Being visibly faithful: sabbath 

One of the members of our team is Jewish and he will be taking the afternoon off for sabbath.

As I spoke to him about sabbath, I realised I don’t actually know anything about Judaism. In school we concentrated on Christianity and Islam as our two R.S. topics. I have a two Jewish friends – both who are spiritual but not what they would call traditional Jewish. One is gay. And the second leads the pro-Palestinian BDS movement. (I would just like to point out here that I am not equating being Jewish with being pro-Israeli).

As I asked him about the sabbath he described the prayers which are followed by meals with the whole family.  The idea touched me as being so beautiful and grounding. I am very close to my family and though we spend hours chatting, our schedules mean we rarely eat together. And there’s something unique about eating together in the way it brings people together. It reminds me of Ramadan when we would all sit in a circle on the floor, sharing stories about our day, patiently waiting to break our fast. How lovely to be able to replicate that weekly.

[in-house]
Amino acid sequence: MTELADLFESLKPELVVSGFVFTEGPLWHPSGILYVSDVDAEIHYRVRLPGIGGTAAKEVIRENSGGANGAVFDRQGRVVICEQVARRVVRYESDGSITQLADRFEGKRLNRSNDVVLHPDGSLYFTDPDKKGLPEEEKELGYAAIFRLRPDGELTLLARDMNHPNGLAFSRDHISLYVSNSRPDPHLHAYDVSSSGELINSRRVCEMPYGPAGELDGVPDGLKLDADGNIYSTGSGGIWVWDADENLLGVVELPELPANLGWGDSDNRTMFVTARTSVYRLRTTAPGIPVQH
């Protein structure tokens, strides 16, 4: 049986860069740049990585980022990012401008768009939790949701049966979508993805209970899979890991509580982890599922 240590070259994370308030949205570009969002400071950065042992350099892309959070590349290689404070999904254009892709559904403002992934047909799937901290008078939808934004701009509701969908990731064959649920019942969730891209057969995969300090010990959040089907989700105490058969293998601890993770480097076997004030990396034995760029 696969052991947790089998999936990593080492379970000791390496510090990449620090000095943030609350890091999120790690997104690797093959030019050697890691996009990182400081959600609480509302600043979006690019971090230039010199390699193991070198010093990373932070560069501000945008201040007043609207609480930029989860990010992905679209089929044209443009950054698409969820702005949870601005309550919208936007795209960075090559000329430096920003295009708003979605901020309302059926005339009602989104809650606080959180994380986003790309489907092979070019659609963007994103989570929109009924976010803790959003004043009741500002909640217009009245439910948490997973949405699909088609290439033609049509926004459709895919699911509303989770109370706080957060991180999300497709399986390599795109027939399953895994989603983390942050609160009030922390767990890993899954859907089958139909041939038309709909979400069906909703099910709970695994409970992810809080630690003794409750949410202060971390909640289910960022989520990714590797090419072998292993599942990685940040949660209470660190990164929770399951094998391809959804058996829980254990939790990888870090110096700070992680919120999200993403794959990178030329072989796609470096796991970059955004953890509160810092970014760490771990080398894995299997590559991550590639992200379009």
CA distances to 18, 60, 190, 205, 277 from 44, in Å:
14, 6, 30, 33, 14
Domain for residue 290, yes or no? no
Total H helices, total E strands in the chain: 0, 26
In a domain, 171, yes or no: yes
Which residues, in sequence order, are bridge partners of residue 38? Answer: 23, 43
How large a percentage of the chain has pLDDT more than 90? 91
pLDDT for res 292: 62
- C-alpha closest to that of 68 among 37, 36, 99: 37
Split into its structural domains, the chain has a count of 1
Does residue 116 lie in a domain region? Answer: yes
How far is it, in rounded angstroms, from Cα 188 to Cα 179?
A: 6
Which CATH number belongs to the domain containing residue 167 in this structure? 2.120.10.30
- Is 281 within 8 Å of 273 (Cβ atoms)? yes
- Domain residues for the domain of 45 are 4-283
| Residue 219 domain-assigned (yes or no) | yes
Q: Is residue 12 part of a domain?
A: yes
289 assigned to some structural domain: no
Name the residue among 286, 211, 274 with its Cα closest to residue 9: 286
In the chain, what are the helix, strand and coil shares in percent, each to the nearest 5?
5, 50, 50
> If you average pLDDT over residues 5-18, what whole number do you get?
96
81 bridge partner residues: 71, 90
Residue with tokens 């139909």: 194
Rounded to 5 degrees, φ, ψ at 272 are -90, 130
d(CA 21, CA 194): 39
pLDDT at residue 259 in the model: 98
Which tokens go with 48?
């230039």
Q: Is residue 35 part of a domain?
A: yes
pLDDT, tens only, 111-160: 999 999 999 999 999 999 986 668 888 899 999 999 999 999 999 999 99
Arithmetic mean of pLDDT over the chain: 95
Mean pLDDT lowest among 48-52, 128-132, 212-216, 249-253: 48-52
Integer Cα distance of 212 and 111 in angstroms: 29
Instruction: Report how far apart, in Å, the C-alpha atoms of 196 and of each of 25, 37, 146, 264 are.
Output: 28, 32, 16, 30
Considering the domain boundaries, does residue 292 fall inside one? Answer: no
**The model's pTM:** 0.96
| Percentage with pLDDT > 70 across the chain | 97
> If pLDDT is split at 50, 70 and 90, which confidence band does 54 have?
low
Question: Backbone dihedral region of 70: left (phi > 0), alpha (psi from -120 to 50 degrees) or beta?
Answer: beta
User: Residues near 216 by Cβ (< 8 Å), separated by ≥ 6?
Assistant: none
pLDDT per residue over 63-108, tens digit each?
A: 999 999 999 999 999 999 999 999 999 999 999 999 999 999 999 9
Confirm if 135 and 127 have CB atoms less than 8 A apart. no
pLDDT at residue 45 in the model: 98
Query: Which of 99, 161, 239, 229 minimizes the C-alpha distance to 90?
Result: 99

He is visibly Jewish and I am visibly Muslim. Even though we never discussed it, I feel like a sense of solidarity with him. It must be hard to have to explain why you’re taking time off followed by the same questions again and again. I, too, am guilty of putting him through that. I respect him for his patience and the smile on his face as he explained – again. It’s nice to be around someone at work who’s faith is just as important to them as mine is to me.

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10 thoughts on “Being visibly faithful: sabbath 

  1. It is easier to answer “the same questions again and again” when they are posed by someone else who is visible “Othered”? Or does it feel like the same work no matter who asks?

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